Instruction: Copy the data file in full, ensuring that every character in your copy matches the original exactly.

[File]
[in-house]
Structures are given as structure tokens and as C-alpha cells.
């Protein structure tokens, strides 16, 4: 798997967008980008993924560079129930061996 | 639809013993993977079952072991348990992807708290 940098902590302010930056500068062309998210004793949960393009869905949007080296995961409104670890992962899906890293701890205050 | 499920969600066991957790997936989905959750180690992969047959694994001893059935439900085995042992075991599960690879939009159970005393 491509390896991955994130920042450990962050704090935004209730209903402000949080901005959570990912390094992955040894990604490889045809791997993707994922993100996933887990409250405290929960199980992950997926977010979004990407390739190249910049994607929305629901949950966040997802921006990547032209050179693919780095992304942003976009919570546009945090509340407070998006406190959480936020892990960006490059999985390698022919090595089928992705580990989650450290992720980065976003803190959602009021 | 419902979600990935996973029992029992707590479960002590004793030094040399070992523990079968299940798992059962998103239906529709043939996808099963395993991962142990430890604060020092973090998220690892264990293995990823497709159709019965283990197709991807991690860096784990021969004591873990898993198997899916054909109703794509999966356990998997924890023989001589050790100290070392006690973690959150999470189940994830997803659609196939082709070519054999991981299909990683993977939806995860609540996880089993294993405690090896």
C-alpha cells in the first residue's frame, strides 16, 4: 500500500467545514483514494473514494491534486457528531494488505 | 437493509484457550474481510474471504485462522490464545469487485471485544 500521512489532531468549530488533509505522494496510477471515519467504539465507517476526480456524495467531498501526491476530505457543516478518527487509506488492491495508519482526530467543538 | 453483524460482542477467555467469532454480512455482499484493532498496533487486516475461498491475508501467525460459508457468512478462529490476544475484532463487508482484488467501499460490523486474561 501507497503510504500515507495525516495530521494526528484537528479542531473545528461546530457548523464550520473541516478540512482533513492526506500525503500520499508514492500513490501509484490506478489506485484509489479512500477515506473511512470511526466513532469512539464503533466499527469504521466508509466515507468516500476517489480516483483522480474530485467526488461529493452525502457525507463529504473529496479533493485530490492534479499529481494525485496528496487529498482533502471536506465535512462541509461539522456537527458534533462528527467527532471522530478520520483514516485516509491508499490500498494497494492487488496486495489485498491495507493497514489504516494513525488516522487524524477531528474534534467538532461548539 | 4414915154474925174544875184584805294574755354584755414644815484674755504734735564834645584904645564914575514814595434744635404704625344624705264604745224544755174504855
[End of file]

[in-house]
Structures are given as structure tokens and as C-alpha cells.
């Protein structure tokens, strides 16, 4: 798997967008980008993924560079129930061996 | 639809013993993977079952072991348990992807708290 940098902590302010930056500068062309998210004793949960393009869905949007080296995961409104670890992962899906890293701890205050 | 499920969600066991957790997936989905959750180690992969047959694994001893059935439900085995042992075991599960690879939009159970005393 491509390896991955994130920042450990962050704090935004209730209903402000949080901005959570990912390094992955040894990604490889045809791997993707994922993100996933887990409250405290929960199980992950997926977010979004990407390739190249910049994607929305629901949950966040997802921006990547032209050179693919780095992304942003976009919570546009945090509340407070998006406190959480936020892990960006490059999985390698022919090595089928992705580990989650450290992720980065976003803190959602009021 | 419902979600990935996973029992029992707590479960002590004793030094040399070992523990079968299940798992059962998103239906529709043939996808099963395993991962142990430890604060020092973090998220690892264990293995990823497709159709019965283990197709991807991690860096784990021969004591873990898993198997899916054909109703794509999966356990998997924890023989001589050790100290070392006690973690959150999470189940994830997803659609196939082709070519054999991981299909990683993977939806995860609540996880089993294993405690090896």
C-alpha cells in the first residue's frame, strides 16, 4: 500500500467545514483514494473514494491534486457528531494488505 | 437493509484457550474481510474471504485462522490464545469487485471485544 500521512489532531468549530488533509505522494496510477471515519467504539465507517476526480456524495467531498501526491476530505457543516478518527487509506488492491495508519482526530467543538 | 453483524460482542477467555467469532454480512455482499484493532498496533487486516475461498491475508501467525460459508457468512478462529490476544475484532463487508482484488467501499460490523486474561 501507497503510504500515507495525516495530521494526528484537528479542531473545528461546530457548523464550520473541516478540512482533513492526506500525503500520499508514492500513490501509484490506478489506485484509489479512500477515506473511512470511526466513532469512539464503533466499527469504521466508509466515507468516500476517489480516483483522480474530485467526488461529493452525502457525507463529504473529496479533493485530490492534479499529481494525485496528496487529498482533502471536506465535512462541509461539522456537527458534533462528527467527532471522530478520520483514516485516509491508499490500498494497494492487488496486495489485498491495507493497514489504516494513525488516522487524524477531528474534534467538532461548539 | 4414915154474925174544875184584805294574755354584755414644815484674755504734735564834645584904645564914575514814595434744635404704625344624705264604745224544755174504855